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Sewer project 45 percent completed

CHESAPEAKE — Right now, it looks like a gigantic concrete box along the Ohio River behind the village’s library.

But those involved in the transformation of the Union-Rome Township sewage system see more. They see a multi-million dollar job that is almost halfway finished.

“We are right on schedule,” Tim Porter, Union-Rome Sewer District administrator, said. “What you are seeing are the concrete tanks and head works, where all of your safety equipment comes in at the pump station.”

Porter says the project is 45 percent completed.

The project, which began in October of 2007, will use micro-filtration membrane sheets made from chlorinated polyethylene with micron-sized pores. Treated water permeates through the membrane sheets with contaminants trapped on the other side. The technology comes from Kubota Corp. of Japan, which has been using it since the 1960s. However, the Kubota system was only first introduced to the United States in 2001.

When the township’s system is up and running, it will be the fourth or fifth in the state to use the Kubota system, Porter said. Other completed plants are in Jackson, Delphos and Sandusky.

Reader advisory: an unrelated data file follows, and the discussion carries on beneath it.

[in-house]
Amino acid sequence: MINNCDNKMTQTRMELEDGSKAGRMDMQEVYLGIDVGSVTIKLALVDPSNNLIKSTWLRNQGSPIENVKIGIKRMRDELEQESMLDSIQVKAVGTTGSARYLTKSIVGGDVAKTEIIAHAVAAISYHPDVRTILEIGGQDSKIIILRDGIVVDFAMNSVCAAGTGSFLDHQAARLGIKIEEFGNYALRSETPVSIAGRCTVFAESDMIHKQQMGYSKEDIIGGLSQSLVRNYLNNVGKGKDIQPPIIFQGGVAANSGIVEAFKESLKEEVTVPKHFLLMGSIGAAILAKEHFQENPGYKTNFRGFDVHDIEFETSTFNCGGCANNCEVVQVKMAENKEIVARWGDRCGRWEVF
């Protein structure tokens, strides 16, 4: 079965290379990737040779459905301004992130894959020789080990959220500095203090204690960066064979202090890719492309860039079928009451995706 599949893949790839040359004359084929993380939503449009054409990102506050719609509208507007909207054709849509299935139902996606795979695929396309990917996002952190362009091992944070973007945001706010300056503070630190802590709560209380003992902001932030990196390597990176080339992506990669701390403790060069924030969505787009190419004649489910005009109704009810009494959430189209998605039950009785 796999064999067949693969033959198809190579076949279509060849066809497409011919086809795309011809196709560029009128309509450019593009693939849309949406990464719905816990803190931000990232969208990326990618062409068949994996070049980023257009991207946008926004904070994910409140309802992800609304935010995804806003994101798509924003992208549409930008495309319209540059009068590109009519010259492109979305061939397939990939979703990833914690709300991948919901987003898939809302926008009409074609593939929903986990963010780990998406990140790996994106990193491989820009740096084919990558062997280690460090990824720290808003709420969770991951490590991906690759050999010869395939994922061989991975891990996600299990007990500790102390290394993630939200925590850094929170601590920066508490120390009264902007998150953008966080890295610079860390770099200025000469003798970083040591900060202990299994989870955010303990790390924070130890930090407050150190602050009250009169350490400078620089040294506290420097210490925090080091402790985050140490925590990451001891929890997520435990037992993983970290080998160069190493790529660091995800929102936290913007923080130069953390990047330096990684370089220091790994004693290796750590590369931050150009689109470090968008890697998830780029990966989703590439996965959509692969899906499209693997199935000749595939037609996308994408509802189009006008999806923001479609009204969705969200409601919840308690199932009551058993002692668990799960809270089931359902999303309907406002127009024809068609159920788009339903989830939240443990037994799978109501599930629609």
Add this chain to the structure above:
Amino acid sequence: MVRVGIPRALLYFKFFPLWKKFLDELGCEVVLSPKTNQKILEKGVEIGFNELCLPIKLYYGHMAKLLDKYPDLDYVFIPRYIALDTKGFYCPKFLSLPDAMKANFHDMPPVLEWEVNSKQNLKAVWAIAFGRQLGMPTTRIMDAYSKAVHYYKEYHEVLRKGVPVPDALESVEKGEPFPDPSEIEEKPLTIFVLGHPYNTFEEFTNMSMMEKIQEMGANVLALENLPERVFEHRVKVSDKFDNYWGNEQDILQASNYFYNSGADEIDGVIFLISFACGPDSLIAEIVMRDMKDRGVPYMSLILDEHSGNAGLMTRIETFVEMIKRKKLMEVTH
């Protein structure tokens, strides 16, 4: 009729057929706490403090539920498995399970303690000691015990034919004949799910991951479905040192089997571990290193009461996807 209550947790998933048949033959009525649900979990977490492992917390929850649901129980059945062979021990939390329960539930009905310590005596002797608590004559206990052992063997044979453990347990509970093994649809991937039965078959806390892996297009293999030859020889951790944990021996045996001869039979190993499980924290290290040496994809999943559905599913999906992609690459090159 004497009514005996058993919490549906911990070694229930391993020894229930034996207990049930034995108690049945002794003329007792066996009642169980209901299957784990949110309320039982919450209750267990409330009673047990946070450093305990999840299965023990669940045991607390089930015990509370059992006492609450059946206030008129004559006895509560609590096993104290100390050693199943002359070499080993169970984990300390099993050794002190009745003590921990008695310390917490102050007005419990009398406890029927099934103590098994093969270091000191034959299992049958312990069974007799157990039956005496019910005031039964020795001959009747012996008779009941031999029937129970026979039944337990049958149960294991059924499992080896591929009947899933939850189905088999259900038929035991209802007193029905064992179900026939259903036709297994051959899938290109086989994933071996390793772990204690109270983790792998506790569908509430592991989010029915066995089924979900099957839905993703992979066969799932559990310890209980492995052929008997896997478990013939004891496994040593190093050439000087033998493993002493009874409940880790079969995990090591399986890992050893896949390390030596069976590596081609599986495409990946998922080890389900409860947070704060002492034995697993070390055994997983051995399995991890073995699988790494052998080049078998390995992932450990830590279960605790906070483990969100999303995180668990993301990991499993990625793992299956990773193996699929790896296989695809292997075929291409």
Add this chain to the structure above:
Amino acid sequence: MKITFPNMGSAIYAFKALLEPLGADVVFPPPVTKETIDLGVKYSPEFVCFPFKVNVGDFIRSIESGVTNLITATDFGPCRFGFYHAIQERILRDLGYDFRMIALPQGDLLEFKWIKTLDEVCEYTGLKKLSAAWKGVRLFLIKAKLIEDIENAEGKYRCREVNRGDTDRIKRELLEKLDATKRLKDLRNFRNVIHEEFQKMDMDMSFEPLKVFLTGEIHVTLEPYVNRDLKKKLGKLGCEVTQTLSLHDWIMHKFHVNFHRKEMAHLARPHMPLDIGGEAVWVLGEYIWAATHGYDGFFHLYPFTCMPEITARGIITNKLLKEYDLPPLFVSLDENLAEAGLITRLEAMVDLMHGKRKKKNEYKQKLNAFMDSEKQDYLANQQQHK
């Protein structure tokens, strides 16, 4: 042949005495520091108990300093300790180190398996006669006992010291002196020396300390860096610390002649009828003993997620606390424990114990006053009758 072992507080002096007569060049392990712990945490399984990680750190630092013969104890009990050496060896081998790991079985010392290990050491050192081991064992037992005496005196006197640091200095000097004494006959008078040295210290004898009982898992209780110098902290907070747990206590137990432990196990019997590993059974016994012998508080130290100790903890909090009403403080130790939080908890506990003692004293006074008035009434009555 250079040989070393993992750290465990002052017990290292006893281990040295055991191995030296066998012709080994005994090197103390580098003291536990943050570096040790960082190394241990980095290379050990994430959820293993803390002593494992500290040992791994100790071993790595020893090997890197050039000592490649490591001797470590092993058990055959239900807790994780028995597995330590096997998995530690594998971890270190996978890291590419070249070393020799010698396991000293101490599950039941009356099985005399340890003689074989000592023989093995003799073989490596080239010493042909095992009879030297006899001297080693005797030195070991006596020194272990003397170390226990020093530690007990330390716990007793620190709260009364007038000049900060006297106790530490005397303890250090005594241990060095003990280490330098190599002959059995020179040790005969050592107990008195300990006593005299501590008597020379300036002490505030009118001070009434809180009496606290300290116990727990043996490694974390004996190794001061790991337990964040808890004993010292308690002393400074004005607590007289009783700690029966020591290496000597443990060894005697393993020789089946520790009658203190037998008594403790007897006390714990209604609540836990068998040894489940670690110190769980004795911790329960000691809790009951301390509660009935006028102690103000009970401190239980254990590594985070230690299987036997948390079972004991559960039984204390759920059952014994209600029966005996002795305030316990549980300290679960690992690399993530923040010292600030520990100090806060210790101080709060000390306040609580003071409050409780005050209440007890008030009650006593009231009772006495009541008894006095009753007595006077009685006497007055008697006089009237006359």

“It is not a typical waste water treatment system,” Porter said. “Flat plate membranes suck the clean water through.”

In 2002, the Ohio Environmental Protection Agency declared that the current plant did not meet the National Pollution Discharge Environmental System standards because there was a harmful amount of ammonia discharged into the Ohio.

That plant treats about 1 million gallons of sewage a day. The new plant will double that capability.

Funding for the $23 million project comes from the EPA.

As far as any cost being shifted over to the consumer, Porter says the district is unsure as yet. In fact, the new system could possibly reduce rates.

“We are looking to change the billing system to bill the same as water usage,” he said. “By doing that we will not have to raise the rates. You would pay for what you are using.”

Right now, consumers pay a flat rate. A decision on the billing system is expected to be made in the next six months.